Will keep you updated with how it goes, once the stuff arrives approx two months from now. I suspect I will have some questions about the BMS. :cool:
 
Looks like you got lots of answers to this question!

This is a snag with using multiple LIFEPO4 in series or parallel as unlike flooded or AGM they have their own BMS that can sometimes throw a battery out of balance and messes with the entire bank.

To prevent that I suggest using fewer batteries and a larger battery capacity. May be more expensive but less headaches.

I recently replaced three 125AH AGM and considered using two 200AH LIFEPO4 but considering I live off grid full time and can't have my system go down I decided to go with a single Enjoybot 400Ah LIFEPO4 for that reason and I get more than double the amp output for a bigger inverter.

Good luck!

I live alone off-grid and very remote. Absolutely wonderful in the summer, pretty stressful in the winter. I've been there for 8 years now and feel very exposed if something should fail. Winters in Sweden can be harsh. So I'm slowly building up several systems for redundancy. One thing I decided this year was to invest in an over capacity in solar panels. I went from 1.9kW to 5.5 kW of panels on my roof. I can easily manage on 1kW, if the sun shines all the time. So the idea is that they will give me enough power even when it is over cast or raining. Unlike batteries, solar panels never wear out (30+ year life span). That way I can have lower capacity batteries, because they don't need to cover my use for more than a day or two.

My lead acid battery system (8x 12V 100Ah = 9.6 kWh) is starting to fail now after 8 years of use. Two batteries already dead. So now I'm investing in LiFePO4 instead. I decided to go the DIY route. I know, it might sound stupid for something I need to rely on, but I have an electronics engineering background, so I think I can pull it off. Plus I'm low on savings. Today I ordered 16 x EVE 280 Ah grade B cells and two BMS though Luyuan on Alibaba. I will build two 24 V units of 8 cells each, so in total 13 kWh. If play nice with those units and not top charge or bottom discharge I might have 10 kWh of useful capacity, which is HUGE improvement over my current system where I rarely go below 80% SOC to extend lifetime, so that's only a useful capacity of 2 kWh. I understand your reasoning with having few batteries so that fewer things can fail. But I prefer to have two parallel units. If one fails hopefully the other will still work.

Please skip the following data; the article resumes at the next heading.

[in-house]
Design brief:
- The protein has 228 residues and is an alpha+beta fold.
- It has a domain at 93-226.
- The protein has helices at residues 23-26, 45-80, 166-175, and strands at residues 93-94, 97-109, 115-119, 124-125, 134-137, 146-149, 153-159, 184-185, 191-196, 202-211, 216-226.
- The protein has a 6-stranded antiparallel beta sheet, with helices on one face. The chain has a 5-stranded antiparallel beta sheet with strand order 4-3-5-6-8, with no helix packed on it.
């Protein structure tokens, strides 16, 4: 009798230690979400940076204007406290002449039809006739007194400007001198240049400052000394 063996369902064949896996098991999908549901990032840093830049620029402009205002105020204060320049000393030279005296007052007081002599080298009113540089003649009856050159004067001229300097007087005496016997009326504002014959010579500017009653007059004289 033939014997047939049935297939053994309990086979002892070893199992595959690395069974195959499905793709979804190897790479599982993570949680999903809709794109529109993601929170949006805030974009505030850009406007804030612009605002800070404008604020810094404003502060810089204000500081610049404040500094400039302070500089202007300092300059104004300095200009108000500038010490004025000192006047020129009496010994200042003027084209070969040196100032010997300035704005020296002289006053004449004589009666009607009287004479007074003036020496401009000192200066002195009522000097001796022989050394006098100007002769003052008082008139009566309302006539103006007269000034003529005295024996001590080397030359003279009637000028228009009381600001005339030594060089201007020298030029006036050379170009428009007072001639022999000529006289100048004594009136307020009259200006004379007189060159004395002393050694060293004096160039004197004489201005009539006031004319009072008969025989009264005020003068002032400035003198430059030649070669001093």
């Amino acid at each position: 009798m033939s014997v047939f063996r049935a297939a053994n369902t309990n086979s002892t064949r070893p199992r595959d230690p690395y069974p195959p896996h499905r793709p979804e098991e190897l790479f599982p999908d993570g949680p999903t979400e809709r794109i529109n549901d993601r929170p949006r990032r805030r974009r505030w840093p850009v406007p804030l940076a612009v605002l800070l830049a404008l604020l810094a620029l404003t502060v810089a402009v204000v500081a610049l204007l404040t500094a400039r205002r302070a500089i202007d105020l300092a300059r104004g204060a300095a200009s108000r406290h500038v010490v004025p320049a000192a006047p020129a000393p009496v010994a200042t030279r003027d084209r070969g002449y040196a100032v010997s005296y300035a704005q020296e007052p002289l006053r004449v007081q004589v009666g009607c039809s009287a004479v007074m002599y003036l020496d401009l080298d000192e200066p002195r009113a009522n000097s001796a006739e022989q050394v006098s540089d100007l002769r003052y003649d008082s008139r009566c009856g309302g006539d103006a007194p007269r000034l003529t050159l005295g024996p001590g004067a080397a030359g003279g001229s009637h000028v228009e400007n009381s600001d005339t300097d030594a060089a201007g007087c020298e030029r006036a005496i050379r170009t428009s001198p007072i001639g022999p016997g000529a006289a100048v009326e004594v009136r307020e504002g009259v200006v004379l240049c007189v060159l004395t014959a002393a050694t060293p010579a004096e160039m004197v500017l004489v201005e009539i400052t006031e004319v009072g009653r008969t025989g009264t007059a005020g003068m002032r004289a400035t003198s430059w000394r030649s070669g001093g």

Multiple units in parallel is normally not problem, and will not make the batteries unbalanced. But multiple units in series without a BMS between them might lead to imbalances. In theory. I have no practical experience of how common that problem is though for LiFePO4. But I can tell that my lead acid system (2s4p) have batteries that are seriously out of balance, even though lead acid is said to balance itself if you equalize charge every now and then. But then my batteries is way past their due date, so maybe that's not strange.

I have looked at A LOT of energy storage systems. At one point I decide to learn how to make my own lead acid batteries, but eventually gave it up. Toxic mess. I was into compressed air for a while. And cogen (combining heating and electric generation) through a Stirling engine or Peltier modules. Pumped storage. Fly wheel. But in the end it is hard to beat batteries.

I also keep two petrol generators for worst case scenarios. I heat my home with firewood, so that part is no stress at all. Cold inside? Light a fire!

Good luck to you too! Hope to stay in touch and share ideas.
 
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Just when I thought I would end up manually balancing my 4S2P 12 volt battery setup, I find this:

An automatic balancer for assembled 48 volt battery packs using 12 volt batteries. $54 for each set of 4S string of batteries.


This is by PowMr which I believe is another brand of Growatt. PowMr is also selling 12 volt batteries with prismatic cells and a built in BMS.
Sure this all takes up a little more space to obtain 5 KWHR of storage, but still its all packaged and it doesn't cost a bunch of $$ like rack batteries.

A PowMR 100 ah battery for $219.

Now I really don't see a downside to assembling 12 volt batteries. Plus I get to have cool names on my batteries like Redodo, PowMr, and LiTime. Who makes up these names! :)
 
Just when I thought I would end up manually balancing my 4S2P 12 volt battery setup, I find this:

An automatic balancer for assembled 48 volt battery packs using 12 volt batteries. $54 for each set of 4S string of batteries.


This is by PowMr which I believe is another brand of Growatt. PowMr is also selling 12 volt batteries with prismatic cells and a built in BMS.
Sure this all takes up a little more space to obtain 5 KWHR of storage, but still its all packaged and it doesn't cost a bunch of $$ like rack batteries.

A PowMR 100 ah battery for $219.

Now I really don't see a downside to assembling 12 volt batteries. Plus I get to have cool names on my batteries like Redodo, PowMr, and LiTime. Who makes up these names! :)
Just be aware some of these balancers are known to emit a high pitched whine, if your battery is going to be in your living space.
 
Just be aware some of these balancers are known to emit a high pitched whine, if your battery is going to be in your living space.
I have multiples, they do. Don't sleep next to it.